News articles (Health)

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For two years 26-year-old Maria Masetla watched her mother suffer while the health system repeatedly failed them. The cancer in Regina Masetla’s breasts eventually killed her before she could celebrate her 50th birthday with her family in Limpopo. Activists say that Regina’s case is not an isolated one, especially for cancer patients in provinces with no cancer treatment options available. But Minister of Health Aaron Motsoaledi told HEALTH-E NEWS’ Amy Green that the health department has a plan. Meanwhile, industry representatives, including the SA Sugar Association and Business Unity SA spoke against the tax, focusing on the economic impact of the tax on the beverage, retail and sugar industries.
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The Eastern Cape Department of Health is in the process of training more than 350 nurses at the Lilitha College of Nursing. The college has campuses in Mtata, East London, Port Elizabeth and Lisikisiki at Ngquza local municipality where hundreds of Lilitha Nursing College students graduated last year. Provincial spokesman Sizwe Kupelo said the department was hoping to improve the quality of healthcare in the province. “We are trying to ensure that we produce nurses of high quality. We are faced with severe shortages and are pleased that Lilitha produces more qualified nurses every year than any other training facility.” Kupelo said training was done all over so that province could produce well trained, disciplined nurses passionate about helping their patients. He said the Lilitha College of Nursing has been allocated R307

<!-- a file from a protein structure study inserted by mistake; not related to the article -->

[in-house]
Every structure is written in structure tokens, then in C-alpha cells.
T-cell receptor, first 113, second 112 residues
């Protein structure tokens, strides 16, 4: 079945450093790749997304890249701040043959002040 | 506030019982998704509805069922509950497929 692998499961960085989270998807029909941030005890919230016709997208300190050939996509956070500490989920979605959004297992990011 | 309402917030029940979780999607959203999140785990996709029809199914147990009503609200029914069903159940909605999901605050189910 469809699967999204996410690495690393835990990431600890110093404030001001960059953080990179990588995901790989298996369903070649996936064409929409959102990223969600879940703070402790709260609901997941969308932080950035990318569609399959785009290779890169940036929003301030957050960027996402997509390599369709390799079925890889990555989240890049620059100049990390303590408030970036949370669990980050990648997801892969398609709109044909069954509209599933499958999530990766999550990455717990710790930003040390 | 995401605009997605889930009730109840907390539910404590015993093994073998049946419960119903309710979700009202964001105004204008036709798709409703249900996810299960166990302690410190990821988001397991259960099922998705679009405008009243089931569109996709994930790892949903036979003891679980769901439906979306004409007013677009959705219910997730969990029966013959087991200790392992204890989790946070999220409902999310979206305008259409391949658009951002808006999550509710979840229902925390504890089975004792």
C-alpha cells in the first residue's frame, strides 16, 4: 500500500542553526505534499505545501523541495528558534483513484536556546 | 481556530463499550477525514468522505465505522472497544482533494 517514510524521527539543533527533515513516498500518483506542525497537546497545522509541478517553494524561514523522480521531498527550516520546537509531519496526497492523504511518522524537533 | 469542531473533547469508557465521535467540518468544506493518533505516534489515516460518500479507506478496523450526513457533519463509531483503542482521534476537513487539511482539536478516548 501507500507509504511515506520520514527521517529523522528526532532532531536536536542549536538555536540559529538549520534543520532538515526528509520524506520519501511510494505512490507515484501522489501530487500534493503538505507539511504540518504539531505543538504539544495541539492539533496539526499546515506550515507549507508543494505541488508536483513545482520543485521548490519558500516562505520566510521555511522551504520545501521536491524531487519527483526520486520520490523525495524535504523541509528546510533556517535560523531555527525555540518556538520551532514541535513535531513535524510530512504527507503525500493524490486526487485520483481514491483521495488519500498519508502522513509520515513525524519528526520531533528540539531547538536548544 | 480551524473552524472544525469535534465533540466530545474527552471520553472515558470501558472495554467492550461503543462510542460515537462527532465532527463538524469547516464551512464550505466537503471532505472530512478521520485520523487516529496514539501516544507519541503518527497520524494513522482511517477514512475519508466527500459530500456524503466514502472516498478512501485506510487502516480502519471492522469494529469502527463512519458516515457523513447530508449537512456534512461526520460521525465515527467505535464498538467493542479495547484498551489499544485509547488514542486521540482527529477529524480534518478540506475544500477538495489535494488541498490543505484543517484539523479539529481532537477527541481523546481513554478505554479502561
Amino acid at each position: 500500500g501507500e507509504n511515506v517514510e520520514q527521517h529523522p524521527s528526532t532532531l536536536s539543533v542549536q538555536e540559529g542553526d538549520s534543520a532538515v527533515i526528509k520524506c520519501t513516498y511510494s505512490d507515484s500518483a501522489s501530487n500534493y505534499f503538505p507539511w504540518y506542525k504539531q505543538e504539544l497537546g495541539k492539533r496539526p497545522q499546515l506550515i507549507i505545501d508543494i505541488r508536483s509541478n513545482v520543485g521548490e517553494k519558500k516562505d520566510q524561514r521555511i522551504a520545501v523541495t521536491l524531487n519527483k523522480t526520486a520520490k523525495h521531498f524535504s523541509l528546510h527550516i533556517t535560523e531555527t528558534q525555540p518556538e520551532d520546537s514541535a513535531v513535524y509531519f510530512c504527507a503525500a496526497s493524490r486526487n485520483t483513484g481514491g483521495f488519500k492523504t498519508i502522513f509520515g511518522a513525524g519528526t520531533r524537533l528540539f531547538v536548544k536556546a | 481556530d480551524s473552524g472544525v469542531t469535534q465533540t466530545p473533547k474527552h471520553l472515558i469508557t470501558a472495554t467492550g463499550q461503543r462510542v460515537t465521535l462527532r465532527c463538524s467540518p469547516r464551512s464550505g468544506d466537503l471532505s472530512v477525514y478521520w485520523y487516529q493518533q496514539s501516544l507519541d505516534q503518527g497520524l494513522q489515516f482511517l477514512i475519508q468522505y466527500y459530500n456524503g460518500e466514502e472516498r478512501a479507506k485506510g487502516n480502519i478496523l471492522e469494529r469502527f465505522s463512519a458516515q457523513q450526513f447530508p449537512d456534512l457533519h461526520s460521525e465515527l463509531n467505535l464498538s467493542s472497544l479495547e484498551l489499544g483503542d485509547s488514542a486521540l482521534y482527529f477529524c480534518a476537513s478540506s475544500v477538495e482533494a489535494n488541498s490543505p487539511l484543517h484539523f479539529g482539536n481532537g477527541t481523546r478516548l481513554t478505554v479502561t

Rural-nurse-in-training
Government does not stop trying to reduce road accidents because tow truck drivers will lose their jobs, so why are job losses the main focus of the sugary drinks tax? Parliament’s Finance Portfolio Committee chairperson MP Yunus Carrim, Health Committee chairperson Lindelwa Dunjwa receive a petition in support of the sugary drinks tax from the Healthy Living Alliance’s Fathima Simjee and Tracey Malawana This was the question posed by ANC MP and former Tourism Minister, Derek Hanekom, at yesterday’s parliamentary hearing on the tax, which is now being referred to as a “health promotion levy”.